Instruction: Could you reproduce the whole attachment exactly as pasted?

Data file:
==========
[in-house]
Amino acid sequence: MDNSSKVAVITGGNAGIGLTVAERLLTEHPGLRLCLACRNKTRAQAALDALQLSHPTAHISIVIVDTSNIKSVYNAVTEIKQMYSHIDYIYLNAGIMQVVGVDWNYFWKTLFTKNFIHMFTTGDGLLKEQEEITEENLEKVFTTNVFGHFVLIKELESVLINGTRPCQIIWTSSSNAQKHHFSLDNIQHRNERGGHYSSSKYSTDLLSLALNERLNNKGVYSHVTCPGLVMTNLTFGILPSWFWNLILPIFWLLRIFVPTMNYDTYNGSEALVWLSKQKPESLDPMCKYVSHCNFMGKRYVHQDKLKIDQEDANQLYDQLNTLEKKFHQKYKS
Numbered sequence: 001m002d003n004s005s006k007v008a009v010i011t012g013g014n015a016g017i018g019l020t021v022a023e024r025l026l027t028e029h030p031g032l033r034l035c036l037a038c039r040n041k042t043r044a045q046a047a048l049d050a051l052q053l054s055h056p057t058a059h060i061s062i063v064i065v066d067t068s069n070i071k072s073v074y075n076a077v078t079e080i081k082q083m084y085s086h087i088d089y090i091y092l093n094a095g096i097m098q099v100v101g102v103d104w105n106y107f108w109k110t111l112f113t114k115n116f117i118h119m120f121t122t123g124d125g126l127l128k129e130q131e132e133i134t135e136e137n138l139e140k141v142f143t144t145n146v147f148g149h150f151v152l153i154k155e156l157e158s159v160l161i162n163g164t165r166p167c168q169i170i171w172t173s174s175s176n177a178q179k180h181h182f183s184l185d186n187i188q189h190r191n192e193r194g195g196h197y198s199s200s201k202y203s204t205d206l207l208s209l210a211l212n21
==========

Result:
[in-house]
Amino acid sequence: MDNSSKVAVITGGNAGIGLTVAERLLTEHPGLRLCLACRNKTRAQAALDALQLSHPTAHISIVIVDTSNIKSVYNAVTEIKQMYSHIDYIYLNAGIMQVVGVDWNYFWKTLFTKNFIHMFTTGDGLLKEQEEITEENLEKVFTTNVFGHFVLIKELESVLINGTRPCQIIWTSSSNAQKHHFSLDNIQHRNERGGHYSSSKYSTDLLSLALNERLNNKGVYSHVTCPGLVMTNLTFGILPSWFWNLILPIFWLLRIFVPTMNYDTYNGSEALVWLSKQKPESLDPMCKYVSHCNFMGKRYVHQDKLKIDQEDANQLYDQLNTLEKKFHQKYKS
Numbered sequence: 001m002d003n004s005s006k007v008a009v010i011t012g013g014n015a016g017i018g019l020t021v022a023e024r025l026l027t028e029h030p031g032l033r034l035c036l037a038c039r040n041k042t043r044a045q046a047a048l049d050a051l052q053l054s055h056p057t058a059h060i061s062i063v064i065v066d067t068s069n070i071k072s073v074y075n076a077v078t079e080i081k082q083m084y085s086h087i088d089y090i091y092l093n094a095g096i097m098q099v100v101g102v103d104w105n106y107f108w109k110t111l112f113t114k115n116f117i118h119m120f121t122t123g124d125g126l127l128k129e130q131e132e133i134t135e136e137n138l139e140k141v142f143t144t145n146v147f148g149h150f151v152l153i154k155e156l157e158s159v160l161i162n163g164t165r166p167c168q169i170i171w172t173s174s175s176n177a178q179k180h181h182f183s184l185d186n187i188q189h190r191n192e193r194g195g196h197y198s199s200s201k202y203s204t205d206l207l208s209l210a211l212n21